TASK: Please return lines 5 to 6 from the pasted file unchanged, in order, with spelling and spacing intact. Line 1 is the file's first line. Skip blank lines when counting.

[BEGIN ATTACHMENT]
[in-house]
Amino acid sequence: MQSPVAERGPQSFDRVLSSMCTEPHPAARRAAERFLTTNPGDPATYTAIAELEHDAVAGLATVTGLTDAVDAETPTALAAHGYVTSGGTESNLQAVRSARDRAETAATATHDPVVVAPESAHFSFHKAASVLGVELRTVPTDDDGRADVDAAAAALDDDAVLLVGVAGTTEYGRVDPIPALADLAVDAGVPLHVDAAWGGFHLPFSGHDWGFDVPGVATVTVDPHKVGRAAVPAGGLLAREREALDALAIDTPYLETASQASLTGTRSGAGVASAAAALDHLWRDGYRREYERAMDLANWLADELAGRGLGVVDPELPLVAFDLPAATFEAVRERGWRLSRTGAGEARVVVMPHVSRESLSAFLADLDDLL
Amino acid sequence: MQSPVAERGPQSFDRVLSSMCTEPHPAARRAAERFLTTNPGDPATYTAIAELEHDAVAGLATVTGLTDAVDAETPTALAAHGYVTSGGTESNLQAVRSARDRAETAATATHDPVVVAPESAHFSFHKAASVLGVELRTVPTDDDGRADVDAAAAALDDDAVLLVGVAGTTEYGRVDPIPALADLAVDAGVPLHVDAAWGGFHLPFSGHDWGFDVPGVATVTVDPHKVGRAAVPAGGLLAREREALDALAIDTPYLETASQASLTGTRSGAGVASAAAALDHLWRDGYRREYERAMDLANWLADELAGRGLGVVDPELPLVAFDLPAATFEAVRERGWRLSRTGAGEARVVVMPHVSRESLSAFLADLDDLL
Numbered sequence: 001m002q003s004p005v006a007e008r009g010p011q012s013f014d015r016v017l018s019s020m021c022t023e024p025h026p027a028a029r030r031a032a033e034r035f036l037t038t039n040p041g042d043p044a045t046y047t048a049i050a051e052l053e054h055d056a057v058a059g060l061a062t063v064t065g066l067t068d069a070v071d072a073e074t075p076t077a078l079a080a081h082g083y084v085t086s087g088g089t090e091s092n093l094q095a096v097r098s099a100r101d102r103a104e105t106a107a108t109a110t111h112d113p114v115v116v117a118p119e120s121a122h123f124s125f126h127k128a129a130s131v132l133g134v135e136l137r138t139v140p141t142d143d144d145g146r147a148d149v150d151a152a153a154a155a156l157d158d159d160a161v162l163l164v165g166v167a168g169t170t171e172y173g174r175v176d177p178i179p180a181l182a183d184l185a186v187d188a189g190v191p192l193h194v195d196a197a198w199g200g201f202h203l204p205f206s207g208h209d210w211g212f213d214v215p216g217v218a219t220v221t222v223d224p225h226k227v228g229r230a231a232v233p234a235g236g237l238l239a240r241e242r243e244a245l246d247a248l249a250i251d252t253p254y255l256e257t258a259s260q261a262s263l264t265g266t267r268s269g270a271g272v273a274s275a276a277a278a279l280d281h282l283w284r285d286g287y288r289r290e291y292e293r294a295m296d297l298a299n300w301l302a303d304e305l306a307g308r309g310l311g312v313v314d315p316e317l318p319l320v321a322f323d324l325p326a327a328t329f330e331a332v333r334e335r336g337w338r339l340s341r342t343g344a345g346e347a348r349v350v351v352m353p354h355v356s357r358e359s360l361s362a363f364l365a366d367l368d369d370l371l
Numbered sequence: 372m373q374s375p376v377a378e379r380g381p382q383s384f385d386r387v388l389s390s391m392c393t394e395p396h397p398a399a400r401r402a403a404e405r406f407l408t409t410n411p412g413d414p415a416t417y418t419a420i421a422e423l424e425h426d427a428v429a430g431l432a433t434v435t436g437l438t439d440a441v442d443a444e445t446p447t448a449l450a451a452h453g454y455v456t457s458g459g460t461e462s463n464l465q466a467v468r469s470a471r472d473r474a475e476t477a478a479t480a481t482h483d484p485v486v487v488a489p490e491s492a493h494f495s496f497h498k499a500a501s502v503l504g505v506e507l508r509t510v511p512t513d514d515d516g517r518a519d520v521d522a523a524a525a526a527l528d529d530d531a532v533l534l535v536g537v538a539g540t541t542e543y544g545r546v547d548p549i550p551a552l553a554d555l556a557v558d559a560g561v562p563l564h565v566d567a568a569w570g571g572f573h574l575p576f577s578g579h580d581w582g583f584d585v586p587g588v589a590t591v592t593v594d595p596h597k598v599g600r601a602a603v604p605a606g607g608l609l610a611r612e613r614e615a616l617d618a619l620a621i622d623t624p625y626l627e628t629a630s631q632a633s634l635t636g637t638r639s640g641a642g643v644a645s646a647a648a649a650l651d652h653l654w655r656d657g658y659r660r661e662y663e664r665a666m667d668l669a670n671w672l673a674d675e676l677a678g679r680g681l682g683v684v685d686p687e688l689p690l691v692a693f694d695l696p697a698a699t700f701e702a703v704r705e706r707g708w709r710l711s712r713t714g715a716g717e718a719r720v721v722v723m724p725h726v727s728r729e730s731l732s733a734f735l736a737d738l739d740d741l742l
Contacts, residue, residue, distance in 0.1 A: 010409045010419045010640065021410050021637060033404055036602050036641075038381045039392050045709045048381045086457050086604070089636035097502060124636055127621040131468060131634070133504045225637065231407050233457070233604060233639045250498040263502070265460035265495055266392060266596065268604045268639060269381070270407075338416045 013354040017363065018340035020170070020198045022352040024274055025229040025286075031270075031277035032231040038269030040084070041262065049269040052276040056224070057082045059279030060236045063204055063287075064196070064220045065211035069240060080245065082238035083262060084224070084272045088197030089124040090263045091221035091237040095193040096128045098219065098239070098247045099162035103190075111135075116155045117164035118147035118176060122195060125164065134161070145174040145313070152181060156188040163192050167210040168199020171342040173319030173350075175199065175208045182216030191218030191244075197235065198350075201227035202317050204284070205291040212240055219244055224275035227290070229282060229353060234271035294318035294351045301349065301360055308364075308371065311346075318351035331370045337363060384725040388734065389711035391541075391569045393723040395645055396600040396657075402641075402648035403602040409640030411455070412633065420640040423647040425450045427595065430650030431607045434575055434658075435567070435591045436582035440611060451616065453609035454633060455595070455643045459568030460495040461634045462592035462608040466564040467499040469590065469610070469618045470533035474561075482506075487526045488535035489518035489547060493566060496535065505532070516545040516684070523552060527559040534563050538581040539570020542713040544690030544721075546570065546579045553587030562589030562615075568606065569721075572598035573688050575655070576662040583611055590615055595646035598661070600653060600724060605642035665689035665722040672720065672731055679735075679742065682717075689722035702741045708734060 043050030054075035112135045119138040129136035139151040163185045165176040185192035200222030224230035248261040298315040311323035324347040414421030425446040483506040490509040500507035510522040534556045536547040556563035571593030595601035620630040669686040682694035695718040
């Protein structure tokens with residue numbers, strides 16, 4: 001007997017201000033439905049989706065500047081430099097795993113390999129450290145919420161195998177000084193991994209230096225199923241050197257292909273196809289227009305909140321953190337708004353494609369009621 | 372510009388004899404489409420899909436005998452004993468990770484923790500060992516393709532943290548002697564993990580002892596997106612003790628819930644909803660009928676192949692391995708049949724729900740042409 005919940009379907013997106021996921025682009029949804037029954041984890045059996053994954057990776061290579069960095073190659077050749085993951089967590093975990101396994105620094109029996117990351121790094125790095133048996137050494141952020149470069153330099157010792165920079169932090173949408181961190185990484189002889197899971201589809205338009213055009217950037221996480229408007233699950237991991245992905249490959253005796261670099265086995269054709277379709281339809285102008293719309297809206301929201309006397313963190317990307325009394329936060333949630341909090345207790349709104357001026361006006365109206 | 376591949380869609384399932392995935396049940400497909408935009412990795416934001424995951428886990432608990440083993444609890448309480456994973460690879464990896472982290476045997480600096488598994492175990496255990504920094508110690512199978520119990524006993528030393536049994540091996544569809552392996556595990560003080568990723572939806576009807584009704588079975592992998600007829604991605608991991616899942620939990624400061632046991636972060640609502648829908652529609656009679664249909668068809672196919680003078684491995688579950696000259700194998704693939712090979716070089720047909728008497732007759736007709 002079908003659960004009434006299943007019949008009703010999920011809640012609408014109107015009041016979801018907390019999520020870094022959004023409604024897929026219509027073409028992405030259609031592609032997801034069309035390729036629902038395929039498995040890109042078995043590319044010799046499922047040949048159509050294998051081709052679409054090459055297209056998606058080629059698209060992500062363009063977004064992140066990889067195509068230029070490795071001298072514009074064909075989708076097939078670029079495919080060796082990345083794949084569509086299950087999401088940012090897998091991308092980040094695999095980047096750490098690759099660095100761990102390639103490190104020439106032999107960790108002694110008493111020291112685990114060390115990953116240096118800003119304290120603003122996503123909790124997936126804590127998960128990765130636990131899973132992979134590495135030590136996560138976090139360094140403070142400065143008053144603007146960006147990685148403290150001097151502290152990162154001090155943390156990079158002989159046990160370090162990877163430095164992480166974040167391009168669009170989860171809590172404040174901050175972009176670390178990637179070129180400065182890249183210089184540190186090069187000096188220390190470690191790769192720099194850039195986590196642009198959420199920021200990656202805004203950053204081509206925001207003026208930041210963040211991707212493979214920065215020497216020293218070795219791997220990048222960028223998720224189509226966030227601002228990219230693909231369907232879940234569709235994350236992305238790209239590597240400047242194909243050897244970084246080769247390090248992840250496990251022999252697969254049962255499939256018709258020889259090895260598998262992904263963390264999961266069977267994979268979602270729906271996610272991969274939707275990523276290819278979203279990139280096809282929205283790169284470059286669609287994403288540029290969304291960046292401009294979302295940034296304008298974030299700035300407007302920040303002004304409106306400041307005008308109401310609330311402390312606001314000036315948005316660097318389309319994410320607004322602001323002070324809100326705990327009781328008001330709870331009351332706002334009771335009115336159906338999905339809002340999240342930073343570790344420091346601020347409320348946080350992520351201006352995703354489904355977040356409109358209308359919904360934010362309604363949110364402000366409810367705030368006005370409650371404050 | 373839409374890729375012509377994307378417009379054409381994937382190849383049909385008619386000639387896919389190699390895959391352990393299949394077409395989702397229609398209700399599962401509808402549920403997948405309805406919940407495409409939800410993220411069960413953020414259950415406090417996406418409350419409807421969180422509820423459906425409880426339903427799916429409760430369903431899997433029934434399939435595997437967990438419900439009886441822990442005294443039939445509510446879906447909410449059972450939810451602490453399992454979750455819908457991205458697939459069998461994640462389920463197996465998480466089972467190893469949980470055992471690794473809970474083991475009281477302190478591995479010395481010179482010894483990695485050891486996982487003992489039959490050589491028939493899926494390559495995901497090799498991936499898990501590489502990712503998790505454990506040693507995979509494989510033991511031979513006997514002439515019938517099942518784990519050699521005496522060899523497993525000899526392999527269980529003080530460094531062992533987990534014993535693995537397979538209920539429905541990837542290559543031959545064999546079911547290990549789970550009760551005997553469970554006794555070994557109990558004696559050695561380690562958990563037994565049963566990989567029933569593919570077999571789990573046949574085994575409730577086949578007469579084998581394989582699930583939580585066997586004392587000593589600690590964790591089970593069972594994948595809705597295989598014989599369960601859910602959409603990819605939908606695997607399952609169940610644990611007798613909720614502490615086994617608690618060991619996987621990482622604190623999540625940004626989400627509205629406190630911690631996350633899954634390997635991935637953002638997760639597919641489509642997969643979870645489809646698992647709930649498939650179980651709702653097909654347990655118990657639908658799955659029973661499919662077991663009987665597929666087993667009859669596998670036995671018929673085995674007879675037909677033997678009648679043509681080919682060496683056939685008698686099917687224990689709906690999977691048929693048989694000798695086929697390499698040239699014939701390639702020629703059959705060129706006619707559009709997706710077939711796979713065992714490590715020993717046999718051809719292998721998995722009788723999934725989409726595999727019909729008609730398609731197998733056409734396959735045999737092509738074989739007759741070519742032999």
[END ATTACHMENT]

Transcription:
Numbered sequence: 372m373q374s375p376v377a378e379r380g381p382q383s384f385d386r387v388l389s390s391m392c393t394e395p396h397p398a399a400r401r402a403a404e405r406f407l408t409t410n411p412g413d414p415a416t417y418t419a420i421a422e423l424e425h426d427a428v429a430g431l432a433t434v435t436g437l438t439d440a441v442d443a444e445t446p447t448a449l450a451a452h453g454y455v456t457s458g459g460t461e462s463n464l465q466a467v468r469s470a471r472d473r474a475e476t477a478a479t480a481t482h483d484p485v486v487v488a489p490e491s492a493h494f495s496f497h498k499a500a501s502v503l504g505v506e507l508r509t510v511p512t513d514d515d516g517r518a519d520v521d522a523a524a525a526a527l528d529d530d531a532v533l534l535v536g537v538a539g540t541t542e543y544g545r546v547d548p549i550p551a552l553a554d555l556a557v558d559a560g561v562p563l564h565v566d567a568a569w570g571g572f573h574l575p576f577s578g579h580d581w582g583f584d585v586p587g588v589a590t591v592t593v594d595p596h597k598v599g600r601a602a603v604p605a606g607g608l609l610a611r612e613r614e615a616l617d618a619l620a621i622d623t624p625y626l627e628t629a630s631q632a633s634l635t636g637t638r639s640g641a642g643v644a645s646a647a648a649a650l651d652h653l654w655r656d657g658y659r660r661e662y663e664r665a666m667d668l669a670n671w672l673a674d675e676l677a678g679r680g681l682g683v684v685d686p687e688l689p690l691v692a693f694d695l696p697a698a699t700f701e702a703v704r705e706r707g708w709r710l711s712r713t714g715a716g717e718a719r720v721v722v723m724p725h726v727s728r729e730s731l732s733a734f735l736a737d738l739d740d741l742l
Contacts, residue, residue, distance in 0.1 A: 010409045010419045010640065021410050021637060033404055036602050036641075038381045039392050045709045048381045086457050086604070089636035097502060124636055127621040131468060131634070133504045225637065231407050233457070233604060233639045250498040263502070265460035265495055266392060266596065268604045268639060269381070270407075338416045 013354040017363065018340035020170070020198045022352040024274055025229040025286075031270075031277035032231040038269030040084070041262065049269040052276040056224070057082045059279030060236045063204055063287075064196070064220045065211035069240060080245065082238035083262060084224070084272045088197030089124040090263045091221035091237040095193040096128045098219065098239070098247045099162035103190075111135075116155045117164035118147035118176060122195060125164065134161070145174040145313070152181060156188040163192050167210040168199020171342040173319030173350075175199065175208045182216030191218030191244075197235065198350075201227035202317050204284070205291040212240055219244055224275035227290070229282060229353060234271035294318035294351045301349065301360055308364075308371065311346075318351035331370045337363060384725040388734065389711035391541075391569045393723040395645055396600040396657075402641075402648035403602040409640030411455070412633065420640040423647040425450045427595065430650030431607045434575055434658075435567070435591045436582035440611060451616065453609035454633060455595070455643045459568030460495040461634045462592035462608040466564040467499040469590065469610070469618045470533035474561075482506075487526045488535035489518035489547060493566060496535065505532070516545040516684070523552060527559040534563050538581040539570020542713040544690030544721075546570065546579045553587030562589030562615075568606065569721075572598035573688050575655070576662040583611055590615055595646035598661070600653060600724060605642035665689035665722040672720065672731055679735075679742065682717075689722035702741045708734060 043050030054075035112135045119138040129136035139151040163185045165176040185192035200222030224230035248261040298315040311323035324347040414421030425446040483506040490509040500507035510522040534556045536547040556563035571593030595601035620630040669686040682694035695718040